Sunday, October 19, 2014

Little Things

I first met Victoria three years ago. My niece brought her along to our annual Christmas party and my initial impression was she was sweet, polite, fashionable, and pretty. I didn't think much beyond that until later in the evening, once the party had finally wrapped up and it was close to 2am with just a handful of us remaining, exhausted on the couch when she picked up a guitar and started to sing. I remember feeling the room stop, every pair of eyes in that room glued to her as she sang. Each of us utterly blown away by such talent. 

These days I see her regularly, on random weekdays when she and my niece come out to visit, to help me with the boys or see a movie. Visits that usually end at our favorite local Mexican restaurant with margaritas and bottomless bowls of chips and salsa I always come home to regret. Last Wednesday when she was down we decided to film a song from her album.  Little Things. 

If my intuition is right, this gal is destined for good things down the line. With that voice, heart and talent, she is certainly deserving of it. 

Victoria Bailey Band Itunes

V.B Little Things from Mrs. Habit on Vimeo.

Wednesday, October 15, 2014

To Greenfield

Last week we took a short road trip up north, to Greenfield, to visit my best friend's grandmother. A trip we've made countless times before starting back in our teenage years, armed with big shot attitudes and one freshly granted license (hers). Just the two of us, sailing up the coast, five and a half hours in a big maroon mini van. Radio blasting, no cell phones, no cyber map assistance to help guide us to a nearby gas station when we pushed the tank to dangerous limits.

Circumstances combined, that make me shudder to think of now as a grown women picturing my own children embarking on the same kind of journey.

"God's country" is what her grandfather use to call it. Miles upon miles of green pastures being the highlight of this quaint farming community. Their house just down the street from the family ranch where her grandmother had been raised. Where the now abandoned barn sits decaying, with rotting antique automobiles and one beautiful white owl that stands guard up top the peak of the roof beams.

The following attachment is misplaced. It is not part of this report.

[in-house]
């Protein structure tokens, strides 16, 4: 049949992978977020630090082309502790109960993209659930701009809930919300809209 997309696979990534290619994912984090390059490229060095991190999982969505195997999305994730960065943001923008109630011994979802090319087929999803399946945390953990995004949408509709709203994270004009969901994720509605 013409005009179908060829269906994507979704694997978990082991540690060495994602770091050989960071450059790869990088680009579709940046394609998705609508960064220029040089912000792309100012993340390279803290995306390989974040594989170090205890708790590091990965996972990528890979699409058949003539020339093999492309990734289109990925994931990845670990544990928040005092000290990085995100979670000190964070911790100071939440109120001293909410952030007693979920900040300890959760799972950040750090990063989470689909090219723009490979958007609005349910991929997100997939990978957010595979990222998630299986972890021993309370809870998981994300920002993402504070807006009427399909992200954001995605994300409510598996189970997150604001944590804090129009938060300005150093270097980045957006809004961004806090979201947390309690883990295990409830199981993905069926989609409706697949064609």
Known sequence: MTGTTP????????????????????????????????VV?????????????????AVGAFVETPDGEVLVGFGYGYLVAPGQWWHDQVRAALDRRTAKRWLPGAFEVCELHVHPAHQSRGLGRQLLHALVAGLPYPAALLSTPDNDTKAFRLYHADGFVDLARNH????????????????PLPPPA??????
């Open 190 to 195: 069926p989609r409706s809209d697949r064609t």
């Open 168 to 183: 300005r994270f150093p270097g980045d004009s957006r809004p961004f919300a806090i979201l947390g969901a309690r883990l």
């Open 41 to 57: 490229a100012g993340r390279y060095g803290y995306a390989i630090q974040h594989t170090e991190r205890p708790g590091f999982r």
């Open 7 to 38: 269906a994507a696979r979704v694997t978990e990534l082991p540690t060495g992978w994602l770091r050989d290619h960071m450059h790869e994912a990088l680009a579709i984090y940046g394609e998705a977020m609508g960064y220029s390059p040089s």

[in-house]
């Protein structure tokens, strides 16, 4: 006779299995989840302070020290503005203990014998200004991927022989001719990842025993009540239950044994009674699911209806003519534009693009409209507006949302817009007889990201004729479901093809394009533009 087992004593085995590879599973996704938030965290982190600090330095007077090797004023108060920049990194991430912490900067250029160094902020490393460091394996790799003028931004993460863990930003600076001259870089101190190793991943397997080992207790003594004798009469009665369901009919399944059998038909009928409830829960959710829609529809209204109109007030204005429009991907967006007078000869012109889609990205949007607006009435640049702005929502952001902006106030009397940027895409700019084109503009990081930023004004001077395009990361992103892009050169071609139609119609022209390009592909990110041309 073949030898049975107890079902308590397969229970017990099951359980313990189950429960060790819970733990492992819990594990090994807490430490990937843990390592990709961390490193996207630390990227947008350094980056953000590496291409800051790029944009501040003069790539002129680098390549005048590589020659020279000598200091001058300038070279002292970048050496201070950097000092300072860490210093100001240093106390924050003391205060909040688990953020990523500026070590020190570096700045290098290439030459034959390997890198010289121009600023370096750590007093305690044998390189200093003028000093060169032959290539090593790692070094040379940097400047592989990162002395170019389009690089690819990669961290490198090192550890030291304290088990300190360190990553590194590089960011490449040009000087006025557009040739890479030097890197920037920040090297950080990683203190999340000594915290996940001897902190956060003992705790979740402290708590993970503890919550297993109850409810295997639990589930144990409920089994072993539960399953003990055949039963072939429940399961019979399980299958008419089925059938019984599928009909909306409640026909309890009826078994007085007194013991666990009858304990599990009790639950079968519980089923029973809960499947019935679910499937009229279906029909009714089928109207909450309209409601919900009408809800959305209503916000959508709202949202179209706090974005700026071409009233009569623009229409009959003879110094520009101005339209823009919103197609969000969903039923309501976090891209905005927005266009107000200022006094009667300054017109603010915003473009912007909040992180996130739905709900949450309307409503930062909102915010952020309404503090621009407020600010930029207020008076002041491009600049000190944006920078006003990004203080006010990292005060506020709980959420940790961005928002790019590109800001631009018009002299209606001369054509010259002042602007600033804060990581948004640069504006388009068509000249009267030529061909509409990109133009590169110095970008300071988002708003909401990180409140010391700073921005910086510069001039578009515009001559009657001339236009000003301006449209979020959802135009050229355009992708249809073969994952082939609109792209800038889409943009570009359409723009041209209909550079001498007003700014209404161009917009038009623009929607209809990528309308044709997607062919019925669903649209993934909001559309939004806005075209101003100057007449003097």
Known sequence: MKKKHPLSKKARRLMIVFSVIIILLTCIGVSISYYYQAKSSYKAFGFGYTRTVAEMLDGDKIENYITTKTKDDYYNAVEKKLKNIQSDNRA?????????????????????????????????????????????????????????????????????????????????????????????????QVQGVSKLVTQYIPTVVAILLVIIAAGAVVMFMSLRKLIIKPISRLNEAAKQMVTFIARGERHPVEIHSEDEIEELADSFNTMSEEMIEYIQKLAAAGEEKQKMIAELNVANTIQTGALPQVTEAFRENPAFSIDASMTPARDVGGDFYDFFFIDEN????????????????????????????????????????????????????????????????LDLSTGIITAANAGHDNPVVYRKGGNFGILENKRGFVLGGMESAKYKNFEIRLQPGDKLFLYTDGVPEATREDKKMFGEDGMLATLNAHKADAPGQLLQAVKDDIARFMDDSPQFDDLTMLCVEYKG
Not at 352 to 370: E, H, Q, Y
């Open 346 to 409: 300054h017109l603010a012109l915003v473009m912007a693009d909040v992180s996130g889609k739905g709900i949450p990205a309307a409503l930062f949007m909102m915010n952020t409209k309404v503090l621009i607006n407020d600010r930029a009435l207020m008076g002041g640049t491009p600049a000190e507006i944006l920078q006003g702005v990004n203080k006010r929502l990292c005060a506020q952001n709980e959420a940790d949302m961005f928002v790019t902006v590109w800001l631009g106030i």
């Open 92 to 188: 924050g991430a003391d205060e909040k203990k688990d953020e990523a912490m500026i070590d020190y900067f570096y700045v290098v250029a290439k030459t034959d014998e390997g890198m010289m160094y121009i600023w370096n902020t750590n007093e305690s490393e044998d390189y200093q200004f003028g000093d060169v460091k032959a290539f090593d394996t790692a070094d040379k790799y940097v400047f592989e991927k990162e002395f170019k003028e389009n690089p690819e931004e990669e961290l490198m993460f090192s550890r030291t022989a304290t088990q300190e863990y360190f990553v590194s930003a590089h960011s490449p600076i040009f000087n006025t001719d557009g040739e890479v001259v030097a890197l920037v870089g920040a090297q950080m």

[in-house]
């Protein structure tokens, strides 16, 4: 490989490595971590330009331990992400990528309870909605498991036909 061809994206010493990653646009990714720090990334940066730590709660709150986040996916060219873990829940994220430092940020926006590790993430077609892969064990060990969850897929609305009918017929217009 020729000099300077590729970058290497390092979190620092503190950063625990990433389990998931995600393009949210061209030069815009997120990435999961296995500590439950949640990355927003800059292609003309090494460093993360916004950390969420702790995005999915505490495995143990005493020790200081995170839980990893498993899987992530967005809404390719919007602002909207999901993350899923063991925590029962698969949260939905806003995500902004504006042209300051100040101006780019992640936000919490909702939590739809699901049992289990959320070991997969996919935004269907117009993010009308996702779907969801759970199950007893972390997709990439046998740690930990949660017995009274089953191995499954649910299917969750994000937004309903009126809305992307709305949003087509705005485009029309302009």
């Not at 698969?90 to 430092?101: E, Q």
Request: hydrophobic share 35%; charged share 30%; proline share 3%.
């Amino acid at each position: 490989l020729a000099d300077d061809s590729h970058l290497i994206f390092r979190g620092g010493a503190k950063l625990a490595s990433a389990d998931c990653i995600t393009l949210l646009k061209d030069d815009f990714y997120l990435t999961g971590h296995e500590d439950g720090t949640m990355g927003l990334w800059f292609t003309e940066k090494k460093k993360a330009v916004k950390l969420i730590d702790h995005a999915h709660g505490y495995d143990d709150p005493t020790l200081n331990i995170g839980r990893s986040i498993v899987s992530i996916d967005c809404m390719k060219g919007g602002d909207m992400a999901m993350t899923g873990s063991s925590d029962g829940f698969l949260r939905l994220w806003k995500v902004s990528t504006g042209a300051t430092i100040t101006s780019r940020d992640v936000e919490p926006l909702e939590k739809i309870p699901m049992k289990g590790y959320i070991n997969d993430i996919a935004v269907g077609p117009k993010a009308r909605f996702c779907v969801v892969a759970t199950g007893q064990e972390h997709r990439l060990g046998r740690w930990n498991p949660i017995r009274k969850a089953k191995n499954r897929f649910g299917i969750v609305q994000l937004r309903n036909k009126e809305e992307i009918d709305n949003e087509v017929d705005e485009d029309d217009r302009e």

The pastures that once housed green produce, have now been inherited by grape vines. Bringing wine, branded with gold flaked emblems on the bottles, initials of their family name.

We spent the day looking thorough her photo albums, visiting the San Miguel Mission and having a  picnic in the afternoon on her back lawn, watching Rex race around the yard on that red bicycle, a plastic bottle wedged in the spokes making it sound like a real motor bike. Laughing at the baby and him laughing back at us.

The three days away were restful and it was so nice to get one kid away. On a special trip alone without his brothers. Where he is the only one heard. And he, the only one in line to pick out souvenirs he doesn't have to share, in the gift shops along the way. And have a bath to himself, and a nap and a conversation at an unfamiliar dinner table in a city he's never heard of, with all eyes and ears on him. Taking the boys on these lone trips is something we try to do occasionally when we can. Something I hope they each remember in the long run. Hayes is too little. But Rex, he came home with pockets full of goodies, a mouth full of tales, and a new bounce in his step.

It was a good trip. And I will happily be sharing more about Elva over on The Ma Books at some point soon. So keep an eye out over there if you can?


Thursday, October 9, 2014

Already One

Some of our home video, taken during the first couple of weeks after baby Hayes arrived.
Because he's almost 5 months now. And naturally, I'm feeling somewhat sentimental about it.

In the begining from Mrs. Habit on Vimeo.

Wednesday, October 8, 2014

An Anniversary

"So why am I in your wedding pictures? None of the kids in my class were in their parent's wedding?"

" I don't know. I guess you were just lucky."

A recent conversation between Arlo and me on the drive home from school. Once he finally inquired about our wedding. An event he, as a ten month old, was there to witness. Dressed to the nines in his little linen romper and stiff white baby shoes. A fact I was never the least bit ashamed of. But found it funny that at nearly nine years old he might finally wonder about it.